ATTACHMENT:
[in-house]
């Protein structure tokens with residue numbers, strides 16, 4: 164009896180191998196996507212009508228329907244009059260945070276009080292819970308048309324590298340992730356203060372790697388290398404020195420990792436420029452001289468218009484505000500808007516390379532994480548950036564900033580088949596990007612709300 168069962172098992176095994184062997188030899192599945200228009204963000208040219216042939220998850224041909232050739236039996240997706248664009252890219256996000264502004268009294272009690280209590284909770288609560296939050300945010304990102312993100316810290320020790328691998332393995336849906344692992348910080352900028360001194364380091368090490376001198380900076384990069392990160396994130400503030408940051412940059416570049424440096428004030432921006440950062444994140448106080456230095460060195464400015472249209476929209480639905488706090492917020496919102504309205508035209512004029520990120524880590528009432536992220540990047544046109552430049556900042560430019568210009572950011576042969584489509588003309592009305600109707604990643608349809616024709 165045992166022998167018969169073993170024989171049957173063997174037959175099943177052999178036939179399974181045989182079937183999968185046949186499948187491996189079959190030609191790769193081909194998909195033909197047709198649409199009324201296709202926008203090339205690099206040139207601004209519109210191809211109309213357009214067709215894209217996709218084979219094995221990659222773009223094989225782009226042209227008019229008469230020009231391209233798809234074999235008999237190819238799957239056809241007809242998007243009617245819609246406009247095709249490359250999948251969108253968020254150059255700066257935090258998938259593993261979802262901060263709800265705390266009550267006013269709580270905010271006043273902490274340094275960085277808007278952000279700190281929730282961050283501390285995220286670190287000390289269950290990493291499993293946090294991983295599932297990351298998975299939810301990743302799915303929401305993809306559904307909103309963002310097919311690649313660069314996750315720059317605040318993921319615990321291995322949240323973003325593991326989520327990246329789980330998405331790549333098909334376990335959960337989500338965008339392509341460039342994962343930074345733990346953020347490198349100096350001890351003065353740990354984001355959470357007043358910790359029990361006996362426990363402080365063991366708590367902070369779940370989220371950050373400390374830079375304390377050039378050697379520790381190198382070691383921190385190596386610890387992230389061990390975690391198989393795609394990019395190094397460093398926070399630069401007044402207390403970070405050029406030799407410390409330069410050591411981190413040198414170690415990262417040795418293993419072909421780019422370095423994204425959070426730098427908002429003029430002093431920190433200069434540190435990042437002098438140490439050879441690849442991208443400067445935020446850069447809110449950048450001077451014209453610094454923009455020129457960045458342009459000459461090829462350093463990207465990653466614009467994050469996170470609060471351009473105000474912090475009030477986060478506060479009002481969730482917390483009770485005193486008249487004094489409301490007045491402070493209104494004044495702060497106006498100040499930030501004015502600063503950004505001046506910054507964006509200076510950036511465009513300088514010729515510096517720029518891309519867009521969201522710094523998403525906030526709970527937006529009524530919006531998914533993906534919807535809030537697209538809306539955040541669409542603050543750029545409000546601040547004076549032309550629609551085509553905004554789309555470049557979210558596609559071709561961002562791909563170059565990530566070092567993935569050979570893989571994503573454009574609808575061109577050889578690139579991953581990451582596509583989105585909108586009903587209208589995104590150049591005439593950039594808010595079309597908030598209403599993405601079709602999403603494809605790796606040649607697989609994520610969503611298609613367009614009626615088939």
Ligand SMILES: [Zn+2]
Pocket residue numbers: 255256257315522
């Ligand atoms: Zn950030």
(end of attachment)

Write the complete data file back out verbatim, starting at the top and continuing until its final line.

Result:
[in-house]
């Protein structure tokens with residue numbers, strides 16, 4: 164009896180191998196996507212009508228329907244009059260945070276009080292819970308048309324590298340992730356203060372790697388290398404020195420990792436420029452001289468218009484505000500808007516390379532994480548950036564900033580088949596990007612709300 168069962172098992176095994184062997188030899192599945200228009204963000208040219216042939220998850224041909232050739236039996240997706248664009252890219256996000264502004268009294272009690280209590284909770288609560296939050300945010304990102312993100316810290320020790328691998332393995336849906344692992348910080352900028360001194364380091368090490376001198380900076384990069392990160396994130400503030408940051412940059416570049424440096428004030432921006440950062444994140448106080456230095460060195464400015472249209476929209480639905488706090492917020496919102504309205508035209512004029520990120524880590528009432536992220540990047544046109552430049556900042560430019568210009572950011576042969584489509588003309592009305600109707604990643608349809616024709 165045992166022998167018969169073993170024989171049957173063997174037959175099943177052999178036939179399974181045989182079937183999968185046949186499948187491996189079959190030609191790769193081909194998909195033909197047709198649409199009324201296709202926008203090339205690099206040139207601004209519109210191809211109309213357009214067709215894209217996709218084979219094995221990659222773009223094989225782009226042209227008019229008469230020009231391209233798809234074999235008999237190819238799957239056809241007809242998007243009617245819609246406009247095709249490359250999948251969108253968020254150059255700066257935090258998938259593993261979802262901060263709800265705390266009550267006013269709580270905010271006043273902490274340094275960085277808007278952000279700190281929730282961050283501390285995220286670190287000390289269950290990493291499993293946090294991983295599932297990351298998975299939810301990743302799915303929401305993809306559904307909103309963002310097919311690649313660069314996750315720059317605040318993921319615990321291995322949240323973003325593991326989520327990246329789980330998405331790549333098909334376990335959960337989500338965008339392509341460039342994962343930074345733990346953020347490198349100096350001890351003065353740990354984001355959470357007043358910790359029990361006996362426990363402080365063991366708590367902070369779940370989220371950050373400390374830079375304390377050039378050697379520790381190198382070691383921190385190596386610890387992230389061990390975690391198989393795609394990019395190094397460093398926070399630069401007044402207390403970070405050029406030799407410390409330069410050591411981190413040198414170690415990262417040795418293993419072909421780019422370095423994204425959070426730098427908002429003029430002093431920190433200069434540190435990042437002098438140490439050879441690849442991208443400067445935020446850069447809110449950048450001077451014209453610094454923009455020129457960045458342009459000459461090829462350093463990207465990653466614009467994050469996170470609060471351009473105000474912090475009030477986060478506060479009002481969730482917390483009770485005193486008249487004094489409301490007045491402070493209104494004044495702060497106006498100040499930030501004015502600063503950004505001046506910054507964006509200076510950036511465009513300088514010729515510096517720029518891309519867009521969201522710094523998403525906030526709970527937006529009524530919006531998914533993906534919807535809030537697209538809306539955040541669409542603050543750029545409000546601040547004076549032309550629609551085509553905004554789309555470049557979210558596609559071709561961002562791909563170059565990530566070092567993935569050979570893989571994503573454009574609808575061109577050889578690139579991953581990451582596509583989105585909108586009903587209208589995104590150049591005439593950039594808010595079309597908030598209403599993405601079709602999403603494809605790796606040649607697989609994520610969503611298609613367009614009626615088939």
Ligand SMILES: [Zn+2]
Pocket residue numbers: 255256257315522
């Ligand atoms: Zn950030």